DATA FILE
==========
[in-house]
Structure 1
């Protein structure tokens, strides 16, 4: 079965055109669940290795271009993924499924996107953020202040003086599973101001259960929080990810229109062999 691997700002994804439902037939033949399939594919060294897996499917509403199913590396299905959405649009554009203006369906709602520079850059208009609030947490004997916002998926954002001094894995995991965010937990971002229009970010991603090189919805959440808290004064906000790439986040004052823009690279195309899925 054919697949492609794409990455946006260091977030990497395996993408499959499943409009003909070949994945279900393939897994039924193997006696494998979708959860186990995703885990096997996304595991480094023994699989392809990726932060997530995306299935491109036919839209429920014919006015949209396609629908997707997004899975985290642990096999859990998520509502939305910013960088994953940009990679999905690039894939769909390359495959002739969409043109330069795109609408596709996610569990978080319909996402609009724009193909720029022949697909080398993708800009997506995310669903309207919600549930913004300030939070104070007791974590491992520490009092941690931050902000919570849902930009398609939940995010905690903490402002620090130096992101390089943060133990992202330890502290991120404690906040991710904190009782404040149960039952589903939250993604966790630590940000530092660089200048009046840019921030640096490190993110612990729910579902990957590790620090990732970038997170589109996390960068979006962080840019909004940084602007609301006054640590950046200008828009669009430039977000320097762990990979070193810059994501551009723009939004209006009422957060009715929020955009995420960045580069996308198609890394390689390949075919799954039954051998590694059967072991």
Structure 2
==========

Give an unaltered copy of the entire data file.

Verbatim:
[in-house]
Structure 1
């Protein structure tokens, strides 16, 4: 079965055109669940290795271009993924499924996107953020202040003086599973101001259960929080990810229109062999 691997700002994804439902037939033949399939594919060294897996499917509403199913590396299905959405649009554009203006369906709602520079850059208009609030947490004997916002998926954002001094894995995991965010937990971002229009970010991603090189919805959440808290004064906000790439986040004052823009690279195309899925 054919697949492609794409990455946006260091977030990497395996993408499959499943409009003909070949994945279900393939897994039924193997006696494998979708959860186990995703885990096997996304595991480094023994699989392809990726932060997530995306299935491109036919839209429920014919006015949209396609629908997707997004899975985290642990096999859990998520509502939305910013960088994953940009990679999905690039894939769909390359495959002739969409043109330069795109609408596709996610569990978080319909996402609009724009193909720029022949697909080398993708800009997506995310669903309207919600549930913004300030939070104070007791974590491992520490009092941690931050902000919570849902930009398609939940995010905690903490402002620090130096992101390089943060133990992202330890502290991120404690906040991710904190009782404040149960039952589903939250993604966790630590940000530092660089200048009046840019921030640096490190993110612990729910579902990957590790620090990732970038997170589109996390960068979006962080840019909004940084602007609301006054640590950046200008828009669009430039977000320097762990990979070193810059994501551009723009939004209006009422957060009715929020955009995420960045580069996308198609890394390689390949075919799954039954051998590694059967072991």
Structure 2